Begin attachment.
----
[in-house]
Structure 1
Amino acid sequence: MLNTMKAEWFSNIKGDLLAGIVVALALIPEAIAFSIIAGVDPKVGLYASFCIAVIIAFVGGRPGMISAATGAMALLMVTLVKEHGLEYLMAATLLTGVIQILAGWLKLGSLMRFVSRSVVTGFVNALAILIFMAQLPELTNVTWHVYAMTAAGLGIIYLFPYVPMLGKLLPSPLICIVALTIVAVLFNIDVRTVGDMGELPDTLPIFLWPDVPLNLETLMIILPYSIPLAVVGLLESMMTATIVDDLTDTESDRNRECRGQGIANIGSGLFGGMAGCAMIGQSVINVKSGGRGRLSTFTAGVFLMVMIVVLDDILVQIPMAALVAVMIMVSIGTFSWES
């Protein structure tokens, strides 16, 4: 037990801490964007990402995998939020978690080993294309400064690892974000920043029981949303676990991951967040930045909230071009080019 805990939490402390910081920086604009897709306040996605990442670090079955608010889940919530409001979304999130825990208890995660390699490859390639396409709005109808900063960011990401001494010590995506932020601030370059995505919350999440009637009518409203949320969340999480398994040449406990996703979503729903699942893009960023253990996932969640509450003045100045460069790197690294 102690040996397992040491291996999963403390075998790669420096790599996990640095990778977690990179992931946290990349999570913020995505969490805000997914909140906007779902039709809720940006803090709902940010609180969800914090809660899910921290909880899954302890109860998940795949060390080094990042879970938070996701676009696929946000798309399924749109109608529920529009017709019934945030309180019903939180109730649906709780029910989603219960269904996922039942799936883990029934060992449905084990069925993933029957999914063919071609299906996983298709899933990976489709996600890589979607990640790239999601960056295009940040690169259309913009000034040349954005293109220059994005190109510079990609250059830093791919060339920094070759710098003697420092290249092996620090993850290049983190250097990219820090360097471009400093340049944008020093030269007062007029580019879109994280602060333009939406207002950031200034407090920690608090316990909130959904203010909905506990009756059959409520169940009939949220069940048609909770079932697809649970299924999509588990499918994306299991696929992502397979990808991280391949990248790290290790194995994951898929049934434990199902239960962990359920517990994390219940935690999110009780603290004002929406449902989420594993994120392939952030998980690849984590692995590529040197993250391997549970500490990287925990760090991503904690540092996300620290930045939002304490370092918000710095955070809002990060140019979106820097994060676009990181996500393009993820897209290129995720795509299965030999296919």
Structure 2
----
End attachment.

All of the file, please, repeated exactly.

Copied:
[in-house]
Structure 1
Amino acid sequence: MLNTMKAEWFSNIKGDLLAGIVVALALIPEAIAFSIIAGVDPKVGLYASFCIAVIIAFVGGRPGMISAATGAMALLMVTLVKEHGLEYLMAATLLTGVIQILAGWLKLGSLMRFVSRSVVTGFVNALAILIFMAQLPELTNVTWHVYAMTAAGLGIIYLFPYVPMLGKLLPSPLICIVALTIVAVLFNIDVRTVGDMGELPDTLPIFLWPDVPLNLETLMIILPYSIPLAVVGLLESMMTATIVDDLTDTESDRNRECRGQGIANIGSGLFGGMAGCAMIGQSVINVKSGGRGRLSTFTAGVFLMVMIVVLDDILVQIPMAALVAVMIMVSIGTFSWES
């Protein structure tokens, strides 16, 4: 037990801490964007990402995998939020978690080993294309400064690892974000920043029981949303676990991951967040930045909230071009080019 805990939490402390910081920086604009897709306040996605990442670090079955608010889940919530409001979304999130825990208890995660390699490859390639396409709005109808900063960011990401001494010590995506932020601030370059995505919350999440009637009518409203949320969340999480398994040449406990996703979503729903699942893009960023253990996932969640509450003045100045460069790197690294 102690040996397992040491291996999963403390075998790669420096790599996990640095990778977690990179992931946290990349999570913020995505969490805000997914909140906007779902039709809720940006803090709902940010609180969800914090809660899910921290909880899954302890109860998940795949060390080094990042879970938070996701676009696929946000798309399924749109109608529920529009017709019934945030309180019903939180109730649906709780029910989603219960269904996922039942799936883990029934060992449905084990069925993933029957999914063919071609299906996983298709899933990976489709996600890589979607990640790239999601960056295009940040690169259309913009000034040349954005293109220059994005190109510079990609250059830093791919060339920094070759710098003697420092290249092996620090993850290049983190250097990219820090360097471009400093340049944008020093030269007062007029580019879109994280602060333009939406207002950031200034407090920690608090316990909130959904203010909905506990009756059959409520169940009939949220069940048609909770079932697809649970299924999509588990499918994306299991696929992502397979990808991280391949990248790290290790194995994951898929049934434990199902239960962990359920517990994390219940935690999110009780603290004002929406449902989420594993994120392939952030998980690849984590692995590529040197993250391997549970500490990287925990760090991503904690540092996300620290930045939002304490370092918000710095955070809002990060140019979106820097994060676009990181996500393009993820897209290129995720795509299965030999296919």
Structure 2